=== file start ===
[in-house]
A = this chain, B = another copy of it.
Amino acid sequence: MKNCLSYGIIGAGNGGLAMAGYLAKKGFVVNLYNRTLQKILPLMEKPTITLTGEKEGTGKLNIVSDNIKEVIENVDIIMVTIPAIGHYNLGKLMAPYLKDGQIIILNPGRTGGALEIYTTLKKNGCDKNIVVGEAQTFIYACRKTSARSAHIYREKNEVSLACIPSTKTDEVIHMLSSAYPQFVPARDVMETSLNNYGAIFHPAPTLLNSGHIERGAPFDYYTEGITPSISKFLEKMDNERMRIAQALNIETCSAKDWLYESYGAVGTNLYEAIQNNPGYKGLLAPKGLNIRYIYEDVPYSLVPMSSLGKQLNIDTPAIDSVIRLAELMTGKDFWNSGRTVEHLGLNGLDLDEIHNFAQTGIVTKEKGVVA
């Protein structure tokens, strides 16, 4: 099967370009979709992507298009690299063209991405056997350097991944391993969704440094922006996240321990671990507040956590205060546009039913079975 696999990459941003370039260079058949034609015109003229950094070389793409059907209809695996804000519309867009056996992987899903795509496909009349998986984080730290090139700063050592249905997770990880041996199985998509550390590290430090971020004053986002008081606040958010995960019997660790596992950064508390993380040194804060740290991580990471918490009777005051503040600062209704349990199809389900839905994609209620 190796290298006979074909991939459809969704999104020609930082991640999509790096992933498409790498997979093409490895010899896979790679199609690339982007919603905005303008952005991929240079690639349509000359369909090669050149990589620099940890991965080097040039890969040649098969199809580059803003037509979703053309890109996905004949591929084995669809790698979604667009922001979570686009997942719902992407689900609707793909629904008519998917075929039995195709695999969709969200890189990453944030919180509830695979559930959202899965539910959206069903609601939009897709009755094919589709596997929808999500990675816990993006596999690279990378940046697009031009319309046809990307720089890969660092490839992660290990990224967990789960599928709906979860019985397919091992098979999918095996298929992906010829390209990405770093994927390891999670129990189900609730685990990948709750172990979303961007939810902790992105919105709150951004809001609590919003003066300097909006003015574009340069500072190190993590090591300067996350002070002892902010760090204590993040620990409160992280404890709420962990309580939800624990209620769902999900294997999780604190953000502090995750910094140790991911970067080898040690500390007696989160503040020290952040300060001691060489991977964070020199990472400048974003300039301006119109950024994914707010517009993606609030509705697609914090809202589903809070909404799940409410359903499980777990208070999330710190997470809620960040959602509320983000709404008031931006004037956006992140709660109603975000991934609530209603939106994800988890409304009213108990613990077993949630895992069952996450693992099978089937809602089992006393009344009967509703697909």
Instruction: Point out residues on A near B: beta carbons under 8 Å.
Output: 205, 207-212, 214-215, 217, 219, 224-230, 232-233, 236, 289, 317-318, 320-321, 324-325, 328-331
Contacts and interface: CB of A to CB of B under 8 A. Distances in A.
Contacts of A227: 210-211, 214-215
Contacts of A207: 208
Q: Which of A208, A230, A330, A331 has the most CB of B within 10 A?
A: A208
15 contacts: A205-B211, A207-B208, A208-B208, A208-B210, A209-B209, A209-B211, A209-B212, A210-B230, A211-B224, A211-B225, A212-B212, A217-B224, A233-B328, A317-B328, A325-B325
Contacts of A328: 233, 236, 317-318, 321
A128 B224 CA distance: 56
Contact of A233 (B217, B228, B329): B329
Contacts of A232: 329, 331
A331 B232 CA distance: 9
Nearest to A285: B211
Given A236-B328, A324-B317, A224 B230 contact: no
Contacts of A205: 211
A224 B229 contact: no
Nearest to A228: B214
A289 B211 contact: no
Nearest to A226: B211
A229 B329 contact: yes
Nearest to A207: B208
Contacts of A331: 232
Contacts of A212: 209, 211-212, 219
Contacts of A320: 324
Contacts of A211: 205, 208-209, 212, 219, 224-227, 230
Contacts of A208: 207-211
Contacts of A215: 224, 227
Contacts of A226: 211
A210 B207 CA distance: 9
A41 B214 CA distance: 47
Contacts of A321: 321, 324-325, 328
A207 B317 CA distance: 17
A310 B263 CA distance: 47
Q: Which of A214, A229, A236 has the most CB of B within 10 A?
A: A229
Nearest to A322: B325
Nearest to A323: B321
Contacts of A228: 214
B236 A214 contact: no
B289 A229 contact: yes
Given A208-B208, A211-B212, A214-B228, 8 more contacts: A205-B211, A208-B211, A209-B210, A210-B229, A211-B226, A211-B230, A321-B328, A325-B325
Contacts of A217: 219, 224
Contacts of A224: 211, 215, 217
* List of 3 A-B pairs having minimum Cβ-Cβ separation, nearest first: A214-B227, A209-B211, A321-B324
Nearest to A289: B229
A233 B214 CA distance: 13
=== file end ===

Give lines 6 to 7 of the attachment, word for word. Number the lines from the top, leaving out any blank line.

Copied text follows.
Output: 205, 207-212, 214-215, 217, 219, 224-230, 232-233, 236, 289, 317-318, 320-321, 324-325, 328-331
Contacts and interface: CB of A to CB of B under 8 A. Distances in A.